Unresolved Issues Left for 2018


by Rob Roper

Several issues remain unresolved following the 2017 legislative session. Two big ones are the $15 minimum wage and Paid Family Leave. Both will be top of the agenda when the legislature returns in January.

A Paid Family Leave bill (H.196) passed the house and awaits action in the senate. This bill would mandate all employees “purchase” what is essentially a state-run insurance policy through a payroll tax. The the program would allow an employee to take up to six-weeks of paid leave from work while receiving up to 80% of full salary or $1000 per week, whichever is less. These benefits would become available after one year of employment and contributing to the program. The language in the bill sets the payroll tax at 0.141% of one’s first $150,000 of income, but acknowledges that if revenue necessary to fund demand the program is not met by that rate, the rate will rise to meet demand. In other words, the costs for this program, which nobody really seems to want, could — and probably will — explode.

While the House prioritized Family Leave, the senate under President Pro Tem Tim Ashe (D/P-Chittenden) is focused on passing a mandatory, statewide $15 minimum wage. This is, of course, becoming a Holy Grail of the Left across the country, not just in Vermont. It is also a de facto tax on labor, and whenever you tax something you get less of it.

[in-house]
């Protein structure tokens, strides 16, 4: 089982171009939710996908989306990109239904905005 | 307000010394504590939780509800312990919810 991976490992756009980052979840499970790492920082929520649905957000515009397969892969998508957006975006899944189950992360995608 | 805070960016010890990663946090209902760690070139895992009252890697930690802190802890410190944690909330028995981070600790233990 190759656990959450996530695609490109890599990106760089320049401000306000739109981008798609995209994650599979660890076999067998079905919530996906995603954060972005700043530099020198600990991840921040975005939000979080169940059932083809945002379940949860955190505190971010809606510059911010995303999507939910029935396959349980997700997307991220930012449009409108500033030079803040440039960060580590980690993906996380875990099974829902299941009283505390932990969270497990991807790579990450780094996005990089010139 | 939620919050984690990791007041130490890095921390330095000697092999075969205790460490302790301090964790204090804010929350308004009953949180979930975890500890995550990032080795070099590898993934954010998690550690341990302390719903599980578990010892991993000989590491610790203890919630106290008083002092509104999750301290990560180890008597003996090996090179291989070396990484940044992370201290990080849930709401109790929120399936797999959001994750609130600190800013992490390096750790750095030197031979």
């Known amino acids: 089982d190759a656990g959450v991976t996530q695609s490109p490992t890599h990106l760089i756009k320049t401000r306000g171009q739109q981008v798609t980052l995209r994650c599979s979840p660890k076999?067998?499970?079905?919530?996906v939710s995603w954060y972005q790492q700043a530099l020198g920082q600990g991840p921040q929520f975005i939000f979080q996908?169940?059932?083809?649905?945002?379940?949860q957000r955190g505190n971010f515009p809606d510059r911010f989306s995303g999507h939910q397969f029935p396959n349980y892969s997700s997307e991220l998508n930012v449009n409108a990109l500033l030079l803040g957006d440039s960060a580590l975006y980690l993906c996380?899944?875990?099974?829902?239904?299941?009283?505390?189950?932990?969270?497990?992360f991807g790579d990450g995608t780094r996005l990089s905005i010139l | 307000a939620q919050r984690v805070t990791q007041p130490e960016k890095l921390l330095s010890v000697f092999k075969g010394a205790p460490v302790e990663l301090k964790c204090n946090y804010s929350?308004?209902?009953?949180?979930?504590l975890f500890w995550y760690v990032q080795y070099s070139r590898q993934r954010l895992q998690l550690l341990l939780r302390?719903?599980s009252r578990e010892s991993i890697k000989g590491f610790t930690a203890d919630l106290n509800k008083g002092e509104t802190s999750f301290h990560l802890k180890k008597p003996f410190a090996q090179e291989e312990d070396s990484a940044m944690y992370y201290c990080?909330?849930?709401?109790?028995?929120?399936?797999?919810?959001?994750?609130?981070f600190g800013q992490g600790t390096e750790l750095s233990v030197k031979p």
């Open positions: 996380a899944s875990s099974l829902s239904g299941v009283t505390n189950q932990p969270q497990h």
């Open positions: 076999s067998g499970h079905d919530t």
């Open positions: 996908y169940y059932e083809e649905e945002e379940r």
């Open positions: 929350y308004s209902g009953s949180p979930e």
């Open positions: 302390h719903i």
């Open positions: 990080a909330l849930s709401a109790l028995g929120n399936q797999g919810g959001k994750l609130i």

Both of these policies are pieces in what is an ongoing war on business, particularly small business, in our state. Both will make it more expensive and complicated to employ people. Governor Scott has done an admirable job in his first year saying no to tax and fee increases. In his second year let’s hope he is equally focused on blocking new mandates and regulations that stifle economic activity. Maybe even push to get rid of some that are already in place.

Another important issue that remains unresolved is the Independent Contractor bill, which the House Commerce Committee once again shelved after being unable to find a compromise with big labor. Passing something that is compatible with the changing economy and nature of work in the 21st Century is key to getting more people employed. However, three years of handwringing with nothing to show for it does not inspire confidence.

- Rob Roper is president of the Ethan Allen Institute

{ 1 comment… read it below or add one }

Jim Bulmer May 27, 2017 at 5:04 pm

The $15.00 minimum wage and mandatory family leave are just two more nails in the coffin of small businesses. Keep it up you guys and there will no one left to pay for your crazy ideas.

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The Ethan Allen Institute is Vermont’s free-market public policy research and education organization. Founded in 1993, we are one of fifty-plus similar but independent state-level, public policy organizations around the country which exchange ideas and information through the State Policy Network.
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